• Insects (crickets, cockroaches, mealworms), snails, slugs or earthworms. Insects should be ‘gut loaded’ and dusted with calcium powder immediately before been fed to your skink. These should make up 70% of a less than 1 year old skink’s diet, but only 50% of an adult’s. Note that there are potential welfare and ethical considerations with the feeding of live insects to reptiles to think about; for more information see this article.
  • A mix of green and red vegetables (spinach, coloured lettuce, tomato, red or green peppers, mushrooms or rose petals) with a multivitamin powder sprinkled on the vegetables every two weeks.
  • raw or boiled eggs occasionally (once every 2-3 weeks)
  • fruits such as apple, banana, pear, fig, melon, plum, kiwi fruit, raisins, or strawberries, depending on what is in season.

Their food is best offered to blue-tongues in the late morning through to midday, after they have had time to bask and have become active. Food can be left in the enclosure until the blue-tongue has finished eating but should then be removed.

The frequency of feeding depends on the age of your skink:

  • Feed babies (up to 3 months) daily.
  • Feed juveniles (3-8 months) 3 times weekly.
  • Feed subadults and adults (8+ months) 1-2 times weekly
This article was authored by:
Bob Doneley BVSc FANZCVS (Avian Medicine)
Professor, Avian and Exotic Pet Service
Registered Specialist in Bird Medicine


​​Turner G (2001) Keeping Blue-tongue Lizards. Australian Birdkeeper Publications

​Healey M (2023) Blue Tongue Skink Care Guide in ReptiFiles. Accessed 22 Jun 2023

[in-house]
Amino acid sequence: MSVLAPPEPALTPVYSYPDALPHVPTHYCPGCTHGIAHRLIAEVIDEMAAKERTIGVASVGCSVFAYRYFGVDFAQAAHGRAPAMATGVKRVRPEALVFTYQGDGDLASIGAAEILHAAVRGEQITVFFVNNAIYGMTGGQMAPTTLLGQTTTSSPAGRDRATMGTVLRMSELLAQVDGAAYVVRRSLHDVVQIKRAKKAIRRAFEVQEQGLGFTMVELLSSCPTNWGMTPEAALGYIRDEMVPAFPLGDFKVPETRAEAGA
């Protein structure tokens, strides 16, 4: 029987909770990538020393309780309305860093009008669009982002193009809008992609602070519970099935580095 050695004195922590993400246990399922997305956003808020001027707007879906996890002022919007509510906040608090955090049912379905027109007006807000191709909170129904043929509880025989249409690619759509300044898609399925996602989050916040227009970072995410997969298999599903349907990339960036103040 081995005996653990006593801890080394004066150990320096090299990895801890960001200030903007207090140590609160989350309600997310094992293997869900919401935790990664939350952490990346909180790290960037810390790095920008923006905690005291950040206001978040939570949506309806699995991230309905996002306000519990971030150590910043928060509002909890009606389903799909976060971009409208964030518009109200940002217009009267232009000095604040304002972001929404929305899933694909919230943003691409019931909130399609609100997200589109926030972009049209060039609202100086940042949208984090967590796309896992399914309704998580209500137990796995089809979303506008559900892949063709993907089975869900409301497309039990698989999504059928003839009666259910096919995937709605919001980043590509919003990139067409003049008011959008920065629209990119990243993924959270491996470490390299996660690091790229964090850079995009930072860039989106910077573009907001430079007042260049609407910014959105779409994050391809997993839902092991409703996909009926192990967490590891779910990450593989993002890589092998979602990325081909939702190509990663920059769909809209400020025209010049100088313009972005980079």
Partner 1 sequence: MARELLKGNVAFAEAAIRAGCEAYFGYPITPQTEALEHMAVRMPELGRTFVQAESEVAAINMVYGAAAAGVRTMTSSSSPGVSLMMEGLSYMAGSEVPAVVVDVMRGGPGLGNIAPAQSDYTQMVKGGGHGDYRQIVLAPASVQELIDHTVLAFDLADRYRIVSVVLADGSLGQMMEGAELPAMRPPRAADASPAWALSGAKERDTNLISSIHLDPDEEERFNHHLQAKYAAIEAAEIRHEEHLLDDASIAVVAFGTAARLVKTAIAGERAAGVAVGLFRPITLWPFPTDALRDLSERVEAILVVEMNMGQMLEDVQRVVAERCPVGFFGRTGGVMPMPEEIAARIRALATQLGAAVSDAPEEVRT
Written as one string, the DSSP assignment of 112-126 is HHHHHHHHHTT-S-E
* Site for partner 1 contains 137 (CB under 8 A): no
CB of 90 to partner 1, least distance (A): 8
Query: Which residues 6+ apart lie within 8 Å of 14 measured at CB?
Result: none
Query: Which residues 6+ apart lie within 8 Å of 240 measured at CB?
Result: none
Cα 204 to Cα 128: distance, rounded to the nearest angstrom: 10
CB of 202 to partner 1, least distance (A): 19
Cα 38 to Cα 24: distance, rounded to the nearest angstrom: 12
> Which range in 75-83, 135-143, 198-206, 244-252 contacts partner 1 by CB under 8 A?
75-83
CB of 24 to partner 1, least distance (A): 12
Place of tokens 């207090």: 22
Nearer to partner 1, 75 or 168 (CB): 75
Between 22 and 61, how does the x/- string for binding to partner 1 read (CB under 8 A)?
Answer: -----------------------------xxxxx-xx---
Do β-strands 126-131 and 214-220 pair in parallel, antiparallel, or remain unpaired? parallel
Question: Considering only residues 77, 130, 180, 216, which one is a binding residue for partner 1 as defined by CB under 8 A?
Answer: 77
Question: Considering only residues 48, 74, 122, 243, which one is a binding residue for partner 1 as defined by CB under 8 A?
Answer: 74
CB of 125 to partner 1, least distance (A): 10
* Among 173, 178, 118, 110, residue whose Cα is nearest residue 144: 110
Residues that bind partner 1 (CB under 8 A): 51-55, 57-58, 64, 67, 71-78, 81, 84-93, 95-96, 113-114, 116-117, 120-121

​Doneley B (2017) Taxonomy and Introduction to common species. In: Doneley B, Johnson R, Monks D, Carmel B (eds) Reptile medicine and surgery in clinical practice. Wiley-Blackwell, pp 1–14

Also Read

Updated on August 14, 2023

RSPCA Australia believes that captive-bred wild animals should not be kept in a home environment or for companion purposes unless the species has been clearly identified as being suitable for this purpose. It is important that animals living in a home environment can live a good life. This means providing for their physical health and ensuring opportunities to fully express their individual interests and experience good welfare. Inadequate care and husbandry are reported to contribute to common and serious welfare compromises in many captive wild animals living in home environments. For more information see our policy.

The reality is, however, that captive-bred wild animals are kept in home environments despite sometimes not meeting these criteria (e.g., some reptile and bird species). Because of this, the RSPCA has produced these articles on the care and welfare of a variety of commonly kept captive-bred wild animals. The aim is to help people better understand their animals as individuals and provide them with care that keeps them healthy and provides opportunities for positive mental experiences as much as possible in captivity.

Wild animals must not be taken from the wild to be kept as companion animals (pets).